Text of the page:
Susuki beach

Expansive Beach on the Sagara Coast

By James Holford    - 2 min read

Susuki [須須木] beach, one of my local favorites, is about a 6 km drive south on Route 150 from popular Shizunami beach on the Sagara coast. The beach, behind a tree-lined rise and below the dunes, is not seen from the road. After passing Sun Beach in Sagara, there are several places to turn in to your left with ample roadside parking.

Unlike some summer beaches which are overly-controlled and roped off to postage-stamp size, Susuki is wide-open and swim at your own risk. The bottom however is sandy and sloping, there are no serious rip tides, and it is generally safe for kids.

Adults need to employ common sense and practice standard beach etiquette, e.g. if someone is there first, i.e. a fisherman or a surfer, try not to interfere. Susuki is wide enough to accommodate. Jet-skis are mercifully few, so when you hear one coming, watch out for it. Fisherman will occasionally show up early and leave by late morning.

About half of Susuki is 'protected' by the ubiquitous tetrapods, those four-legged concrete structures that look like jacks that kids played with before there was TV. Tetrapods are used to build seawalls that dissipate wave force and arguably prevent erosion. Their effect on the waves there is to slow them a bit, push them up and funnel them.

Surfing can go on all day depending on conditions. Generally the waves are rights and break fairly close to the beach. I found this out the hard way. Once during winter surfing I was frustrated by conditions and tried to cheat a ride in close and, for the second time in my inglorious career, got pounded onto the bottom. Beginning the prolonged cedar-tree allergy season with a cracked rib is no way to go, and I was sorely reminded of my egregious error every time I sneezed. Remember: sloping bottom, if you decide to surf there.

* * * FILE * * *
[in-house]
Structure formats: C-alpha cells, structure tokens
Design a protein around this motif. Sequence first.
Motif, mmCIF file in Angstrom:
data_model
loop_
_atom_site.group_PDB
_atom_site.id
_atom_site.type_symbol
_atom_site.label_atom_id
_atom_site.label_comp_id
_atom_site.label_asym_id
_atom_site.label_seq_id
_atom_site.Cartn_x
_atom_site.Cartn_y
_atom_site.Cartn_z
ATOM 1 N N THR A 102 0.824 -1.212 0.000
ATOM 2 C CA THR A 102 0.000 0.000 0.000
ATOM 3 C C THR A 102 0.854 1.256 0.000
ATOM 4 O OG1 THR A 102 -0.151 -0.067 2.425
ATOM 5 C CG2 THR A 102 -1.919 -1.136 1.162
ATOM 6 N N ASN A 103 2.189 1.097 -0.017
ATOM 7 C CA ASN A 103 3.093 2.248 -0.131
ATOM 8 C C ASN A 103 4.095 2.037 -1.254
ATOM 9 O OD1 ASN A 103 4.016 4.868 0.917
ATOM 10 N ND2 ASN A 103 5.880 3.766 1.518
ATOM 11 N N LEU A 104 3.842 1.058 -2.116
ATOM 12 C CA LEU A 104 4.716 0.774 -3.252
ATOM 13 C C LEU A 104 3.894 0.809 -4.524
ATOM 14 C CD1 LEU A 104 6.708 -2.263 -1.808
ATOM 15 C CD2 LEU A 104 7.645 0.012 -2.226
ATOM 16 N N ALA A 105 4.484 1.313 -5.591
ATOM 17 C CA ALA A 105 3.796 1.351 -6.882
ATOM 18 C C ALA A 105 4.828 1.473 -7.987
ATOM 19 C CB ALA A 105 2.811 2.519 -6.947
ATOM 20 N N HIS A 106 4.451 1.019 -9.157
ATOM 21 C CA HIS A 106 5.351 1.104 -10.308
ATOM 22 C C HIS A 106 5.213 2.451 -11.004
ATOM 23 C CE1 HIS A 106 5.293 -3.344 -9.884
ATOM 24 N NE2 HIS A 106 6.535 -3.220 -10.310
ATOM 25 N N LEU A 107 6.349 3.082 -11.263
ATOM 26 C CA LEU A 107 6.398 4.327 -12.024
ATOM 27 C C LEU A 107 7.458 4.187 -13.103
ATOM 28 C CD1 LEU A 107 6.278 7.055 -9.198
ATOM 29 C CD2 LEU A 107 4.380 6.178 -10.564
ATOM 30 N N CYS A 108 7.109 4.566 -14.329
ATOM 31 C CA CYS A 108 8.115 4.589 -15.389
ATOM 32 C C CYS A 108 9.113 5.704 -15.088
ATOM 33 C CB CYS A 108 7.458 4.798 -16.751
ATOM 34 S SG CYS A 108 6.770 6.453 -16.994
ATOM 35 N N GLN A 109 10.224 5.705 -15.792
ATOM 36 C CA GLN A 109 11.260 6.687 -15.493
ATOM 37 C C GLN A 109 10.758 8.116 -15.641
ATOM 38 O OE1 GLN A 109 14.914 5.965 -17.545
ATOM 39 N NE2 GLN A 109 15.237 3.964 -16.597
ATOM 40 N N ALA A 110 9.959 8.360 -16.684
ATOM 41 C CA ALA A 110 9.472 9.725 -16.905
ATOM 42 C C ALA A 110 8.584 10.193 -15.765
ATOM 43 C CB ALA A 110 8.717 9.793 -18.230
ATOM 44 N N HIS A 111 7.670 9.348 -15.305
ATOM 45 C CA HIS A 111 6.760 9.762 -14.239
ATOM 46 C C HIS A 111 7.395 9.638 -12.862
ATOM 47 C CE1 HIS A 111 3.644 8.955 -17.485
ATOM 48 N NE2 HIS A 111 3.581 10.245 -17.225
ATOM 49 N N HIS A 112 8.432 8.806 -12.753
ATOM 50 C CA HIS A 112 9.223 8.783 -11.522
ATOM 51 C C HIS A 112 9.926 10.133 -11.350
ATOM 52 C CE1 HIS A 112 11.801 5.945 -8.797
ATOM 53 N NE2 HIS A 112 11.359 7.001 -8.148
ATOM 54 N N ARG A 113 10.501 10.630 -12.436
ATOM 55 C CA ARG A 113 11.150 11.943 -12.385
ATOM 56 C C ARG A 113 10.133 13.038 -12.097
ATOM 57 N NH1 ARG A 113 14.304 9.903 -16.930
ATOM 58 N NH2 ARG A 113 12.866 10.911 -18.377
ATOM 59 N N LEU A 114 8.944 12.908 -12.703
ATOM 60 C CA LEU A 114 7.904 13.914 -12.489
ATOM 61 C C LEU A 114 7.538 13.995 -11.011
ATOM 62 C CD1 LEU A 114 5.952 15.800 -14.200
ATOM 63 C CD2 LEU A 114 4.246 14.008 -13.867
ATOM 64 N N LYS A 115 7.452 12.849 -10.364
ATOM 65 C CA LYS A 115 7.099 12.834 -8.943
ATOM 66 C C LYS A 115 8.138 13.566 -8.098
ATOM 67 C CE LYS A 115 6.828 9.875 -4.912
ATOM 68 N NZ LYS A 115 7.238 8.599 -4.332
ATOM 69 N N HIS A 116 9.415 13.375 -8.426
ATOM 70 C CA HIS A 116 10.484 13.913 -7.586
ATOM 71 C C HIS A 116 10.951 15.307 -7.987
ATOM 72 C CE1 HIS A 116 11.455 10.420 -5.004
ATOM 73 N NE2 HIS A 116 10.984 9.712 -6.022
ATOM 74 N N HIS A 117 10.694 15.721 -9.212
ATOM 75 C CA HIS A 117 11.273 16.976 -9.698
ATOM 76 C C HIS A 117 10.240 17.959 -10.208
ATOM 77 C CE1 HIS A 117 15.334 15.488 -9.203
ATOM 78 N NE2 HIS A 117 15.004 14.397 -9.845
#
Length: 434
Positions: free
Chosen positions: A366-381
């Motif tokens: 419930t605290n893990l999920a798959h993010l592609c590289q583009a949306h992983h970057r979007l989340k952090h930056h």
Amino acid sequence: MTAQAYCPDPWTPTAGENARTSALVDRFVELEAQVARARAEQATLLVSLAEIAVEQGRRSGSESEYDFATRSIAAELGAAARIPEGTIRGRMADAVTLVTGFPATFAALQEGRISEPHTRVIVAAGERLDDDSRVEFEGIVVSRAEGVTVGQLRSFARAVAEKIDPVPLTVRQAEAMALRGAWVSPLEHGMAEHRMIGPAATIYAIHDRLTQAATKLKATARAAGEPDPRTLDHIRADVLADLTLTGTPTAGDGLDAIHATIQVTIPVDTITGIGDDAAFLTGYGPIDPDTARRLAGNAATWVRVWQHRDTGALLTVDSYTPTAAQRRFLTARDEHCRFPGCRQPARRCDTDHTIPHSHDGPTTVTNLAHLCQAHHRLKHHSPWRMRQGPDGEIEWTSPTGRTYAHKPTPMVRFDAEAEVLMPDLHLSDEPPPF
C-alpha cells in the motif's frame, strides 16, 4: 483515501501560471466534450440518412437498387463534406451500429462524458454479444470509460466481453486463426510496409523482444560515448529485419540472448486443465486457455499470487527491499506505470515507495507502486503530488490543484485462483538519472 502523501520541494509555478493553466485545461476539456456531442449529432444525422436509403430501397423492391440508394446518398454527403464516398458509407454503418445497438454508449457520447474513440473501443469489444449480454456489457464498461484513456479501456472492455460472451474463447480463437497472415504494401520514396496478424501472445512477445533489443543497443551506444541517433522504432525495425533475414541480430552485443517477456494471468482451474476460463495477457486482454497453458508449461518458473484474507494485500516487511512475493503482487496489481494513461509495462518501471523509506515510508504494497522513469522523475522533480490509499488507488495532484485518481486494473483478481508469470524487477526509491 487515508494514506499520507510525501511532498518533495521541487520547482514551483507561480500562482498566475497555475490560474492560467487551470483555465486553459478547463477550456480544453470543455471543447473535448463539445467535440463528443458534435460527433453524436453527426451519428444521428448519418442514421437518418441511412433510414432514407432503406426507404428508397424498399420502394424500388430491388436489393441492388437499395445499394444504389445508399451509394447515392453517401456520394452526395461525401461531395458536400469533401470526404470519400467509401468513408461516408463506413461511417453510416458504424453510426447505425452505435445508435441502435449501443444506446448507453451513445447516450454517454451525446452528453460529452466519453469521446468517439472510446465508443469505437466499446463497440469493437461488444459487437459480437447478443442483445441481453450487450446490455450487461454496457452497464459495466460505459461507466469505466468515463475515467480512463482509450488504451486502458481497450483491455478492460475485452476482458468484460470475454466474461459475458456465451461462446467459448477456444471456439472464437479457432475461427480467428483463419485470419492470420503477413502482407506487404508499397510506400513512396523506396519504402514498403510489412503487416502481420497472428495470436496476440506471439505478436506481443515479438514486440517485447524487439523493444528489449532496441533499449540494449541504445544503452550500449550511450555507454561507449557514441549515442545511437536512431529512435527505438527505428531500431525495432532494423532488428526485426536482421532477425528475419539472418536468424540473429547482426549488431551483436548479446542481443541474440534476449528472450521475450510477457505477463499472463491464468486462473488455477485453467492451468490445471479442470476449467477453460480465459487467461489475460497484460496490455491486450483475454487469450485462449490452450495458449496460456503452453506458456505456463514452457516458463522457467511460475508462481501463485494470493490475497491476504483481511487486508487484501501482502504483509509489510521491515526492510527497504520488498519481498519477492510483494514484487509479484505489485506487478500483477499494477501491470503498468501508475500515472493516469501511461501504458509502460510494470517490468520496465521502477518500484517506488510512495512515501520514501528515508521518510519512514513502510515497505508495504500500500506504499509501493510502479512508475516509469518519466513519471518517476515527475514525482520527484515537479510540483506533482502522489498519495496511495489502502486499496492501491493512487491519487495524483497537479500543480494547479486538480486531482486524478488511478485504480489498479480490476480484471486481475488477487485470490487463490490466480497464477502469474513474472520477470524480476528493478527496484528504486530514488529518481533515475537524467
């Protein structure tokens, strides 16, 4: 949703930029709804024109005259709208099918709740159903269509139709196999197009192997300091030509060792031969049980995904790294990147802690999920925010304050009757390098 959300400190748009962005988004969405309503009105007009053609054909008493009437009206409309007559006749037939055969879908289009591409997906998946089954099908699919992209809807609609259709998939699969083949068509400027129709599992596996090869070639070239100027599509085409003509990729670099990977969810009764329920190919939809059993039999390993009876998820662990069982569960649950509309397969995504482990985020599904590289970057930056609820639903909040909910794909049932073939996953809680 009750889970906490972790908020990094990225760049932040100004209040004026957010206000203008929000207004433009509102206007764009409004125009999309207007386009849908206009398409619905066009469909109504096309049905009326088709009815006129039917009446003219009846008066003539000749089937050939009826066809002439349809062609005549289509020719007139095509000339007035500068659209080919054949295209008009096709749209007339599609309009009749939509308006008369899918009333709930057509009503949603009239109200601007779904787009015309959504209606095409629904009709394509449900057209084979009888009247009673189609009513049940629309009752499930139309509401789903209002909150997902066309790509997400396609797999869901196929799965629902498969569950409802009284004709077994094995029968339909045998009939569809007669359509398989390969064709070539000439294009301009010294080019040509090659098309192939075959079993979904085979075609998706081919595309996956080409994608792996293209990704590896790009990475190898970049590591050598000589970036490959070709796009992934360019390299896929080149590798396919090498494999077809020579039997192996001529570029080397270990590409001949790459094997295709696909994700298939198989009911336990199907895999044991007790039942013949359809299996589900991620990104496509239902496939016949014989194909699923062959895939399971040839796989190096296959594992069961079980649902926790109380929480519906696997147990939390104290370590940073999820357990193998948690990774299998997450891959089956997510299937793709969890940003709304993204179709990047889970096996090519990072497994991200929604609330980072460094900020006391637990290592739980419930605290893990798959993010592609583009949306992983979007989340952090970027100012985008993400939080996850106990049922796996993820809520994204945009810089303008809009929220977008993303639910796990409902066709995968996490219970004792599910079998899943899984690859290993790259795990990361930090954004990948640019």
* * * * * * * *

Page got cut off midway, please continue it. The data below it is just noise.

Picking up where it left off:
It is no secret that Japan is at times battered by the effects of typhoons and Susuki is no exception. The upside is: that with its extensive sandy beach, Susuki is an excellent place for beachcombing. I have developed a nice shell collection from there.

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James Holford

James Holford @james.holford

James Blake Holford is a long-time resident of Japan. He lives in Shizuoka with his family. He works for Interac Co. Ltd. His hobbies include: marine sports, tennis, writing and publishing.

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